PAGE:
This part of the graph is relatively simple, but will become the foundation upon which we’ll layer on more features. It is made up of two sections.
The Fresnel section is where we generate a customizable Fresnel effect, and then multiply it by a TwoSidedSign constant so that only the outer shell of our shield is affected. This effect of this node will become more obvious in the next step when we set our material to be transparent.
By default, the Fresnel node will use the Pixel World Normal as an input, which means it will be affected by per-pixel effects like a normal map. I’ve chosen to instead use my mesh’s Vertex Normal to emphasize the hexagonal shapes present in the geometry.
You’ll get drastically different results if you use hard-edged or smoothed vertex normals. For this tutorial I’ll be using hard-edged normal information because it’s objectively more cool. You be the judge!
The Emissive Color section will then use the output of the Fresnel to lerp between two colors, a fill and edge tint. I’ve bumped up the latter of these values to a value of 32 to make it glow. Depending on your project’s post processing settings, you may need to push this higher to get the same effect.
Go back into the Details Panel, and set your Material’s Blend Mode to Translucent. Don’t worry if it looks a little ugly at first. Two-sided transparency often needs a little finessing to look the part.
Our Force Field Material’s opacity chain will add two new sections to our graph, and borrow from an existing one.
The Depth fade section uses a few new nodes:
- CameraDepthFade is an inbuilt Material Function that outputs a value from 0 to 1 based on the camera’s distance from the surface of the object.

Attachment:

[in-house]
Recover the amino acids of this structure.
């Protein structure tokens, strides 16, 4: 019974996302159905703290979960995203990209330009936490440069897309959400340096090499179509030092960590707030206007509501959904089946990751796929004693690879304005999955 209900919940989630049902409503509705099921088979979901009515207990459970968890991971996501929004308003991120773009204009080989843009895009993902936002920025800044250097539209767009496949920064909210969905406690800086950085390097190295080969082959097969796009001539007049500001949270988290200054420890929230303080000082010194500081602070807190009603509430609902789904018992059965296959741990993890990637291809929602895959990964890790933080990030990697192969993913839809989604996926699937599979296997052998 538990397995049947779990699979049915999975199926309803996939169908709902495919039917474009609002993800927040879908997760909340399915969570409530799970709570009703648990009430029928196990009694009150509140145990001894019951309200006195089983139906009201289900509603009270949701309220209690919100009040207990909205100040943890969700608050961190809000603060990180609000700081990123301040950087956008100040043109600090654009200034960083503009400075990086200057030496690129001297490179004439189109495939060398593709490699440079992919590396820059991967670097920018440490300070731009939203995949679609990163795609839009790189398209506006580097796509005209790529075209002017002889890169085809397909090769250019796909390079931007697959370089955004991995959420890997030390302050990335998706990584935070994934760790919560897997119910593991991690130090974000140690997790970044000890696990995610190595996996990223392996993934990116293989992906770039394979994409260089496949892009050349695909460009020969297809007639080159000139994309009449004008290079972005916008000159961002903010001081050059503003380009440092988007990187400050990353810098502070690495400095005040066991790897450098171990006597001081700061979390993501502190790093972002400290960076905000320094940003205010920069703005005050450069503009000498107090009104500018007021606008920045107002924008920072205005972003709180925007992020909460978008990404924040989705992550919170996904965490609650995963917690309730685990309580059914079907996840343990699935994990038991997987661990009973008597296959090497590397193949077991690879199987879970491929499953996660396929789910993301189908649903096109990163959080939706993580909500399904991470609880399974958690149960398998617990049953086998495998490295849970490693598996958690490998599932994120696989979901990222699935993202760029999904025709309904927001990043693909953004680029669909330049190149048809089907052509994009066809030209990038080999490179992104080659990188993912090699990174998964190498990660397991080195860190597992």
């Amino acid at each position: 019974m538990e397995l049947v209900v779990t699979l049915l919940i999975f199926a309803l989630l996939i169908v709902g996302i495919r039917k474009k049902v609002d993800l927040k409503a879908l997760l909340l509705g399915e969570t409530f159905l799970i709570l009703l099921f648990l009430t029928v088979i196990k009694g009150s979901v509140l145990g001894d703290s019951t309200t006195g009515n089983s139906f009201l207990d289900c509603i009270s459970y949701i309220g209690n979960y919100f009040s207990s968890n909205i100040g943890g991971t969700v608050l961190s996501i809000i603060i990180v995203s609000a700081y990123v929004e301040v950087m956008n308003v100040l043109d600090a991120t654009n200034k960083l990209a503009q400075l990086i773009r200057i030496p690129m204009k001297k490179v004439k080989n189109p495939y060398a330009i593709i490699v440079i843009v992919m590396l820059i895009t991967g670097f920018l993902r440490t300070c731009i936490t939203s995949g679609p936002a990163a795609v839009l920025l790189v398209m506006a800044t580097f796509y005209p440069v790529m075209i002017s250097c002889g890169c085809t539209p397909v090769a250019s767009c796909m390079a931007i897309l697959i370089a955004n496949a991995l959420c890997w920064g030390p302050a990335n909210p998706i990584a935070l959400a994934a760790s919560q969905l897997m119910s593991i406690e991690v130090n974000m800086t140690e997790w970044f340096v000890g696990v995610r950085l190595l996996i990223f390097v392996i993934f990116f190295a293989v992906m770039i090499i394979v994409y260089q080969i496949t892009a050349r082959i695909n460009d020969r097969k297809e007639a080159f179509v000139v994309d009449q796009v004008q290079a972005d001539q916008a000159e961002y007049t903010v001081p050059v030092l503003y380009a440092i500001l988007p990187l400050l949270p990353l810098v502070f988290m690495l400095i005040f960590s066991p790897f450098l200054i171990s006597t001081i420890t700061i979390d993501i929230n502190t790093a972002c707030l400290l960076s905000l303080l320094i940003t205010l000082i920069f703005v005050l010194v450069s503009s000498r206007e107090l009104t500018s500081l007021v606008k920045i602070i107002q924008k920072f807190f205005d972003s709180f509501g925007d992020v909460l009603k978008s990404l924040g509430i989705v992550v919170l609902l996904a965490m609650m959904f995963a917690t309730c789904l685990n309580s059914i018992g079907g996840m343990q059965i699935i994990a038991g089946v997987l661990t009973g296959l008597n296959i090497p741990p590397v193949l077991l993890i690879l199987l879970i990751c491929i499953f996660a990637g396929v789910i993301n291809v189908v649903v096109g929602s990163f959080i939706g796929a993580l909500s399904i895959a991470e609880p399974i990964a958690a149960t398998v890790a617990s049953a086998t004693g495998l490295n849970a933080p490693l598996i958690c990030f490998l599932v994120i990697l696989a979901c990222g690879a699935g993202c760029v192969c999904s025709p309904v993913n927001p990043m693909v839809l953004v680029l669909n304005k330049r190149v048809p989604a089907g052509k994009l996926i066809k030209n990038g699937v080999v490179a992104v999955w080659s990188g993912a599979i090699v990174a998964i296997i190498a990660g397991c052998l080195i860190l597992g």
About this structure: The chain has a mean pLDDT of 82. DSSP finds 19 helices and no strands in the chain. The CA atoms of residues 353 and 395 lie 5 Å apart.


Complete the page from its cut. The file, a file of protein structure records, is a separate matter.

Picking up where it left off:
Depth Fade also outputs a value from 0 to 1, this time based on the distance between the surface of the object and whatever is behind it.
Combined, these two nodes will allow us to reduce ugly intersections by softly fading out the Material as it intersects with opaque geometry (like the floor), and avoid visual popping as the camera moves through its surface.
The Opacity section is small, and just plugs everything together. We use the Fresnel section to interpolate between a minimum and maximum opacity value (so the edges of the mesh’s exterior are more opaque, and the effect is more subtle within the sphere), and then we multiple the result by our Depth Fade section.
You’ll notice we lost a lot of that lovely red glow when we switched modes to Translucent. This is normal and expected, but not ideal. When we add some functionality to our Bubble Shield in future parts of this series, we’ll loop back around and add some light to address this. It’s just not a problem we can solve from the Material Editor.
Now we’re getting into the interesting stuff. The refraction part of the Force Field Material has a little more going on.
Unreal (and many other game engines, for what it’s worth) has trouble with self-translucency, which is when you can see an object through itself. This is simply a weakness of the method by which Unreal sorts out which geometry should be drawn first when it renders a frame.